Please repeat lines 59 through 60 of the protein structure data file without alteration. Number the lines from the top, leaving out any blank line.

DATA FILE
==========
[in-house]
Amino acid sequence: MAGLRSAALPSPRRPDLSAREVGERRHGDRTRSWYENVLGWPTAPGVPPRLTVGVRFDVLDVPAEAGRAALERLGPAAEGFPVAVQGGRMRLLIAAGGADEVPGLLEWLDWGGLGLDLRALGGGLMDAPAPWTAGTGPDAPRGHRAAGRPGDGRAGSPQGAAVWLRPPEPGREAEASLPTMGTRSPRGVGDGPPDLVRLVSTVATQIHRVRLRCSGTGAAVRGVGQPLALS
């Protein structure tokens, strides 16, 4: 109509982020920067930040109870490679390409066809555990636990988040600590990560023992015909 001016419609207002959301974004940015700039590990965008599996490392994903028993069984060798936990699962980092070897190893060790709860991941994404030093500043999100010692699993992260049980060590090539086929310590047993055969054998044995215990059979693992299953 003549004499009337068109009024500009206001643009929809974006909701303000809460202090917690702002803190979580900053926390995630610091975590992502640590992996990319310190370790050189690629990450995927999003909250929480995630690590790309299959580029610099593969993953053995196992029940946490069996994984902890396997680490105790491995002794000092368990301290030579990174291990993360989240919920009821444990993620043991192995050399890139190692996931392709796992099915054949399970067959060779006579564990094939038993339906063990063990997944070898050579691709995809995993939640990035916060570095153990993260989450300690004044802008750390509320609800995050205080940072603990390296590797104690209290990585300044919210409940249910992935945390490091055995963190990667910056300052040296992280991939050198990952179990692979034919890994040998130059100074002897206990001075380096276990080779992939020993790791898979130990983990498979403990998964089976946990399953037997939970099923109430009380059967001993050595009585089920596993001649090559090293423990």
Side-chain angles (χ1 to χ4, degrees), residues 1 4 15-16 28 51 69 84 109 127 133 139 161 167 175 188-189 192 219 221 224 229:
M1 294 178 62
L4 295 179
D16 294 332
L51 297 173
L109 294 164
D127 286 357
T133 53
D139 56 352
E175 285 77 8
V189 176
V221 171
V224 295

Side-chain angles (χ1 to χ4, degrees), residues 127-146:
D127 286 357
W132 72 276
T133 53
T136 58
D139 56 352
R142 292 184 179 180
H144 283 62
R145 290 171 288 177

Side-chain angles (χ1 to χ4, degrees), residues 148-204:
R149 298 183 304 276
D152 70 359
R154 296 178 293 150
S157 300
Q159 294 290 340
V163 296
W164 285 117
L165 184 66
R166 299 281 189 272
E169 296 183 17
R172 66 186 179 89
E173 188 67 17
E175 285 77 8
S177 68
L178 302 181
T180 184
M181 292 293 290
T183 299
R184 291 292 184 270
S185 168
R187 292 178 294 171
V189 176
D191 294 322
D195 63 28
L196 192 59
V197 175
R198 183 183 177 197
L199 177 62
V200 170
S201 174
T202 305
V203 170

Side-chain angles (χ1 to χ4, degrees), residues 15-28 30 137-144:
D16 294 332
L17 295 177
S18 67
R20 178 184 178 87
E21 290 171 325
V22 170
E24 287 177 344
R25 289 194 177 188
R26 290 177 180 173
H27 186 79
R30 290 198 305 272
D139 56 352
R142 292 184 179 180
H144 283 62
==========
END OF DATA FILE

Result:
Side-chain angles (χ1 to χ4, degrees), residues 15-28 30 137-144:
D16 294 332